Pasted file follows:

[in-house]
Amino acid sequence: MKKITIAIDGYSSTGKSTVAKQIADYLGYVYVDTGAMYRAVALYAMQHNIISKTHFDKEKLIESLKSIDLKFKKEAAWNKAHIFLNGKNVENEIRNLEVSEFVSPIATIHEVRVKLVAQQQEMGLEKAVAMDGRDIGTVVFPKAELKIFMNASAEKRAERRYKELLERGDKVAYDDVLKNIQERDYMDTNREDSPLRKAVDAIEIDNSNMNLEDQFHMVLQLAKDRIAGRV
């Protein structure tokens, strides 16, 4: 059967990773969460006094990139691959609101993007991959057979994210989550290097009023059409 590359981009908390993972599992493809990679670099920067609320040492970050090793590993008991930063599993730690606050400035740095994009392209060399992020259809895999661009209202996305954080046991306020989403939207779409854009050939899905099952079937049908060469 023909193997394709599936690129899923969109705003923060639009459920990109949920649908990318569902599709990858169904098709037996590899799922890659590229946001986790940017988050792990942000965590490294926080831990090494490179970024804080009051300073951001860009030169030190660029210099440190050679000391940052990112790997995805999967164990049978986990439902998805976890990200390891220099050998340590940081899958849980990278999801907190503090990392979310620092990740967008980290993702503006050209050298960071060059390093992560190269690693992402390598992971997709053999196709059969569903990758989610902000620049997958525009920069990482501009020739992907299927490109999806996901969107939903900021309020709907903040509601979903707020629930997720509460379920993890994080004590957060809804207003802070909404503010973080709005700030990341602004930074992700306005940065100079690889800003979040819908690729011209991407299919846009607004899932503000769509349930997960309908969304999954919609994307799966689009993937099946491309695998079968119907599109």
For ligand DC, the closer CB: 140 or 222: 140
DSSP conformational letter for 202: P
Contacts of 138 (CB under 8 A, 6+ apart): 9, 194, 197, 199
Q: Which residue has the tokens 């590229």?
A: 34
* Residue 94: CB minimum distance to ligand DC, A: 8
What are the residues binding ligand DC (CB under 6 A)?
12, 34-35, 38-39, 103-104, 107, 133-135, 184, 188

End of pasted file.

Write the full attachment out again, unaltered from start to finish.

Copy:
[in-house]
Amino acid sequence: MKKITIAIDGYSSTGKSTVAKQIADYLGYVYVDTGAMYRAVALYAMQHNIISKTHFDKEKLIESLKSIDLKFKKEAAWNKAHIFLNGKNVENEIRNLEVSEFVSPIATIHEVRVKLVAQQQEMGLEKAVAMDGRDIGTVVFPKAELKIFMNASAEKRAERRYKELLERGDKVAYDDVLKNIQERDYMDTNREDSPLRKAVDAIEIDNSNMNLEDQFHMVLQLAKDRIAGRV
């Protein structure tokens, strides 16, 4: 059967990773969460006094990139691959609101993007991959057979994210989550290097009023059409 590359981009908390993972599992493809990679670099920067609320040492970050090793590993008991930063599993730690606050400035740095994009392209060399992020259809895999661009209202996305954080046991306020989403939207779409854009050939899905099952079937049908060469 023909193997394709599936690129899923969109705003923060639009459920990109949920649908990318569902599709990858169904098709037996590899799922890659590229946001986790940017988050792990942000965590490294926080831990090494490179970024804080009051300073951001860009030169030190660029210099440190050679000391940052990112790997995805999967164990049978986990439902998805976890990200390891220099050998340590940081899958849980990278999801907190503090990392979310620092990740967008980290993702503006050209050298960071060059390093992560190269690693992402390598992971997709053999196709059969569903990758989610902000620049997958525009920069990482501009020739992907299927490109999806996901969107939903900021309020709907903040509601979903707020629930997720509460379920993890994080004590957060809804207003802070909404503010973080709005700030990341602004930074992700306005940065100079690889800003979040819908690729011209991407299919846009607004899932503000769509349930997960309908969304999954919609994307799966689009993937099946491309695998079968119907599109």
For ligand DC, the closer CB: 140 or 222: 140
DSSP conformational letter for 202: P
Contacts of 138 (CB under 8 A, 6+ apart): 9, 194, 197, 199
Q: Which residue has the tokens 């590229």?
A: 34
* Residue 94: CB minimum distance to ligand DC, A: 8
What are the residues binding ligand DC (CB under 6 A)?
12, 34-35, 38-39, 103-104, 107, 133-135, 184, 188